He was the dean of the Theology Department of the Pontifical Athenaeum Regina Apostolorum in Rome (1994-1997). He has taught theology at the Pontifical Lateran University, at the Pontifical Institute Regina Mundi and at the Institute for Religious Sciences at the Pontifical Gregorian University in Rome.

In 1999, he was invited by then Archbishop Charles Chaput to teach in the newly launched St. John Vianney Theological Seminary in Denver, and to serve as Associate Pastor of St. Therese Parish in Aurora.

In 2002, he returned to Rome to serve as Associate Pastor of Stella Maris Parish in the Diocese of Rome, but then returned to Denver in 2006 to be a professor at St. John Vianney.

From 2007-2014, Father Rodriguez served as vice-rector of St. John Vianney Theological Seminary in Denver. He was incardinated as a priest of the Archdiocese of Denver in 2008.

Since 2014, he has served as pastor of Holy Cross Parish in Thornton, Colorado, and he continues to teach the seminarians as well as the permanent diaconate candidates.

Pope Francis appointed Father Rodriguez as an auxiliary bishop of the Archdiocese of Denver on August 25, 2016 and was ordained on November 4, 2016 on the feast of St. Charles Borromeo, the patron saint of bishops. He is also currently the pastor at St. Joseph parish in Denver.

He speaks Spanish, English and Italian, and reads French, and is the author of various theological publications.

Most Reverend Samuel J. Aquila

Archbishop of the Archdiocese of Denver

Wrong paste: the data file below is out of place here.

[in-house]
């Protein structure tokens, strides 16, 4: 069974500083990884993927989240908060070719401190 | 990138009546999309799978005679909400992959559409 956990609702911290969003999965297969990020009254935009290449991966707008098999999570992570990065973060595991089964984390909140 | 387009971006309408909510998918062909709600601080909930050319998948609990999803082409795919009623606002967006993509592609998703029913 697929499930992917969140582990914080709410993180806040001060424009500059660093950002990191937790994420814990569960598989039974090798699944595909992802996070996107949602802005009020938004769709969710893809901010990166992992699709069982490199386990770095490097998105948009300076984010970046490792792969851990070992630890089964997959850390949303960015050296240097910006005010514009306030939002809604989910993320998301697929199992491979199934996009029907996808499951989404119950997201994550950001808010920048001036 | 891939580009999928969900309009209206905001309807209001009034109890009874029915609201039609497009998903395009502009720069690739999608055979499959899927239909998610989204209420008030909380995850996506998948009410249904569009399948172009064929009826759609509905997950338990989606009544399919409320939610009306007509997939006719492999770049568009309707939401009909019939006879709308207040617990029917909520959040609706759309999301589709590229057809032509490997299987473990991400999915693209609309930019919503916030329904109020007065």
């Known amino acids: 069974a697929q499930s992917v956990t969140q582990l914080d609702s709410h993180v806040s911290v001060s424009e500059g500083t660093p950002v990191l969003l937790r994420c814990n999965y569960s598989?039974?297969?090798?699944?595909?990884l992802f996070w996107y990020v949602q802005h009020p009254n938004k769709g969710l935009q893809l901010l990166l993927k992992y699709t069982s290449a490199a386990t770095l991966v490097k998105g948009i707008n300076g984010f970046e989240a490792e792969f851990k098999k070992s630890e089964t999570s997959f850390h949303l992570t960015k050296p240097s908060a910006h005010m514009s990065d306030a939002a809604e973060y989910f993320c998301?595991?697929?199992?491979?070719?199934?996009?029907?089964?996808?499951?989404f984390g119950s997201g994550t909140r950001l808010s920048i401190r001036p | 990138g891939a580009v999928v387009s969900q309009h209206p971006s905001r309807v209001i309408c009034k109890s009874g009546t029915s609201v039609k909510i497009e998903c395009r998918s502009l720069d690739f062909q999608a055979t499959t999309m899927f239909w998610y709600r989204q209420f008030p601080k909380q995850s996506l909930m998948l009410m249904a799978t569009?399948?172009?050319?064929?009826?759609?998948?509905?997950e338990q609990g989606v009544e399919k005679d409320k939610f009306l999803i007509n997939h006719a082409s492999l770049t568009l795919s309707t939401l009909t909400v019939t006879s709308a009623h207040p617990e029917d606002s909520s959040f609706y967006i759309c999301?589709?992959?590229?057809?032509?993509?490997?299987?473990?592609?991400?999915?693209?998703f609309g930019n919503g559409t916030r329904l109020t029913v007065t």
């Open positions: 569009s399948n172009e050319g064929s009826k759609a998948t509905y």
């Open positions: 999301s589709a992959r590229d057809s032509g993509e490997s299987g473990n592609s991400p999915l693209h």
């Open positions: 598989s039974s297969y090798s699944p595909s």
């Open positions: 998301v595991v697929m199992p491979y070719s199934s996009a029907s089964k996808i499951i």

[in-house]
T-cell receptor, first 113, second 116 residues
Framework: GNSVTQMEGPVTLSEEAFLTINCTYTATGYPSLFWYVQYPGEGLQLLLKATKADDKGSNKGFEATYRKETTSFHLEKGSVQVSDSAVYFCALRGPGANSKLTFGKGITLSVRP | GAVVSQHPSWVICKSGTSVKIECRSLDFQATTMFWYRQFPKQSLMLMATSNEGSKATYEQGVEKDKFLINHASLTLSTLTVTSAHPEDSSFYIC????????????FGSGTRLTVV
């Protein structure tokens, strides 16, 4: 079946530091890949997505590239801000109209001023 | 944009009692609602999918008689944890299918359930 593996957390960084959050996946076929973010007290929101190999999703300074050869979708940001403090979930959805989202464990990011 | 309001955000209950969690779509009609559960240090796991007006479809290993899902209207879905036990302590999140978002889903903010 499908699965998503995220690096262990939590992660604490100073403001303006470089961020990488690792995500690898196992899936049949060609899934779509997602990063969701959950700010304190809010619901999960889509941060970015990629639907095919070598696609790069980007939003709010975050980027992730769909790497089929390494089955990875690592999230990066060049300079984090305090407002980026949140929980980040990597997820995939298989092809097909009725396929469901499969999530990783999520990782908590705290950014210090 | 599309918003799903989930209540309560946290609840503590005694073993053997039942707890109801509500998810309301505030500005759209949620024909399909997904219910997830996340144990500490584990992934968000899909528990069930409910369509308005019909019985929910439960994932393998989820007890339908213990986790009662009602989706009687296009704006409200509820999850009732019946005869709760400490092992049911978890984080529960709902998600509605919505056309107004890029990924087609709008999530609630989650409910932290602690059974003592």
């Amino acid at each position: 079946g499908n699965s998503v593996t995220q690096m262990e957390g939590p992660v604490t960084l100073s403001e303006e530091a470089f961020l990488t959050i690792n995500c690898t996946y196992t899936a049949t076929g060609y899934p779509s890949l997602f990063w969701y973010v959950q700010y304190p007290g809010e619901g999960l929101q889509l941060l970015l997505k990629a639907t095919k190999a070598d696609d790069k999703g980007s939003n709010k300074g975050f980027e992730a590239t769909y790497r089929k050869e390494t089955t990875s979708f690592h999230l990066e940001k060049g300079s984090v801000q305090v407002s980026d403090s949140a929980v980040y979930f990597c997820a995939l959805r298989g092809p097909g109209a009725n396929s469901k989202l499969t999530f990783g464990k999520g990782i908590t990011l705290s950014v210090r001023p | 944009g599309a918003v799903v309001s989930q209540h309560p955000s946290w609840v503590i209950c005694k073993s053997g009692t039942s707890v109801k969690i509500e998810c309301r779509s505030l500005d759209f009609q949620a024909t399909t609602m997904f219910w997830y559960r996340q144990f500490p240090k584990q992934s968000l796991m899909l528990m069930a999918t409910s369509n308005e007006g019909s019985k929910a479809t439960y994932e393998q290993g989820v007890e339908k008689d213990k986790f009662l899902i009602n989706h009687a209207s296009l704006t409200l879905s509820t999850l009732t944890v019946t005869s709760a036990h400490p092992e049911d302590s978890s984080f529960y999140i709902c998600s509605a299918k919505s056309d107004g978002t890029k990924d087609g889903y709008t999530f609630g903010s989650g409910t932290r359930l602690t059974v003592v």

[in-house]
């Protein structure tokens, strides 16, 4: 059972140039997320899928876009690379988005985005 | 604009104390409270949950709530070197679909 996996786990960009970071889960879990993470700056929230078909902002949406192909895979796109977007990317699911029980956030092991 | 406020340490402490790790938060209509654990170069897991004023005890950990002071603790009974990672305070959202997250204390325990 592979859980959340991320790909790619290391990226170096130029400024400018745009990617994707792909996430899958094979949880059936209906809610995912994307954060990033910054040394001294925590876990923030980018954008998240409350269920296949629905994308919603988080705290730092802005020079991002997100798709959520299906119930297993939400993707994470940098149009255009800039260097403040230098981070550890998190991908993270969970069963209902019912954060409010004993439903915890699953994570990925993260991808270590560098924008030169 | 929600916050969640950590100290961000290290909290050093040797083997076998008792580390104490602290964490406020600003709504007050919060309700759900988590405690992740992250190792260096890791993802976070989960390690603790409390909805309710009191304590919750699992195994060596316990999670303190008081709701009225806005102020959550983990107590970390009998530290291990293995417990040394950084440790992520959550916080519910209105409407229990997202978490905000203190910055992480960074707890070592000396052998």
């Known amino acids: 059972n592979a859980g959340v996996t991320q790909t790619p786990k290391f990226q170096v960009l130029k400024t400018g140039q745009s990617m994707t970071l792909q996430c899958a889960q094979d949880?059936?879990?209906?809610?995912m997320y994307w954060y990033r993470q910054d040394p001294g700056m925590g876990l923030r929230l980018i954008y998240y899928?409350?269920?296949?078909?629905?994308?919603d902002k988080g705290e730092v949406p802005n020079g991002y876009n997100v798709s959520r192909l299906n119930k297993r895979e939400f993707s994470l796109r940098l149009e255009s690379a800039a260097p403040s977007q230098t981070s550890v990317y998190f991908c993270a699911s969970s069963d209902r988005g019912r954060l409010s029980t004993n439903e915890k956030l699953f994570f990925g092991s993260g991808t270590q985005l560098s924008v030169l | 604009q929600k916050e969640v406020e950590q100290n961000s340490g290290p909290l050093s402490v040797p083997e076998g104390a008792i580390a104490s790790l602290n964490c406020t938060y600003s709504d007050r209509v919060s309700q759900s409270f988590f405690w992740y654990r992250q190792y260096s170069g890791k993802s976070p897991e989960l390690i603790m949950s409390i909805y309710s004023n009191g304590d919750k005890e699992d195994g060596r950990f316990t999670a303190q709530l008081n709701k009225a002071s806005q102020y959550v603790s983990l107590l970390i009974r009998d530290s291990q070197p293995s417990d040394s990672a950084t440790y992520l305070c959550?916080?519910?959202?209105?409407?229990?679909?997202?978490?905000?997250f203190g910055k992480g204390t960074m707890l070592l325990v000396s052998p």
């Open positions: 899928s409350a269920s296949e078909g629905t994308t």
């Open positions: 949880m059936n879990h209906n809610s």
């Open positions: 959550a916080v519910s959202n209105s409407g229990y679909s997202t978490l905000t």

Samuel J. Aquila was born on September 24, 1950, in Burbank, California.  He was ordained to the priesthood in Denver, Colorado, on June 5, 1976, and served in parish ministry for 11 years.  In 1987, he began graduate studies at San Anselmo University in Rome, earning a Licentiate in Sacramental Theology in 1990.

He served as Director for the Office of Liturgy and Master of Ceremonies in the Archdiocese of Denver from 1990 until 1995.  He served the archdiocese as Co-director for Continuing Education for Priests, as an advisor to the Bishop’s Committee on the Liturgy, and as Assistant Secretary for Catholic Education before being named Secretary for Catholic Education, a position he held from 1995 until 1999.

From 1999-2001, he served as the first Rector of St. John Vianney Theological Seminary in Denver and Chief Executive Officer of Our Lady of the New Advent Theological Institute.  In 2000, he was named a Prelate of Honor by Pope John Paul II, receiving the honorary title of Monsignor.

He was appointed Coadjutor Bishop of Fargo on June 12, 2001, and his Episcopal Ordination Mass was celebrated at St. Mary’s Cathedral in Fargo on August 24, 2001.  On March 18, 2002, he became Bishop of Fargo, and from 2005 to 2006 he also acted as Apostolic Administrator for the Diocese of Sioux Falls. On July 18, 2012 he was installed as the Archbishop of Denver, returning to lead the Archdiocese where he had originally served as a priest for 25 years.

Archbishop Aquila serves on numerous boards and committees, including the Papal Foundation, the Bishops’ Advisory Council for the Institute for Priestly Formation and the Board of Trustees for the Augustine Institute.  He is a member of the United States Conference of Catholic Bishops, in which he has served as a member of various committees. Archbishop Aquila’s episcopal motto comes from the Blessed Virgin Mary’s instructions at Cana: “Do whatever he tells you (Jn 2:5).”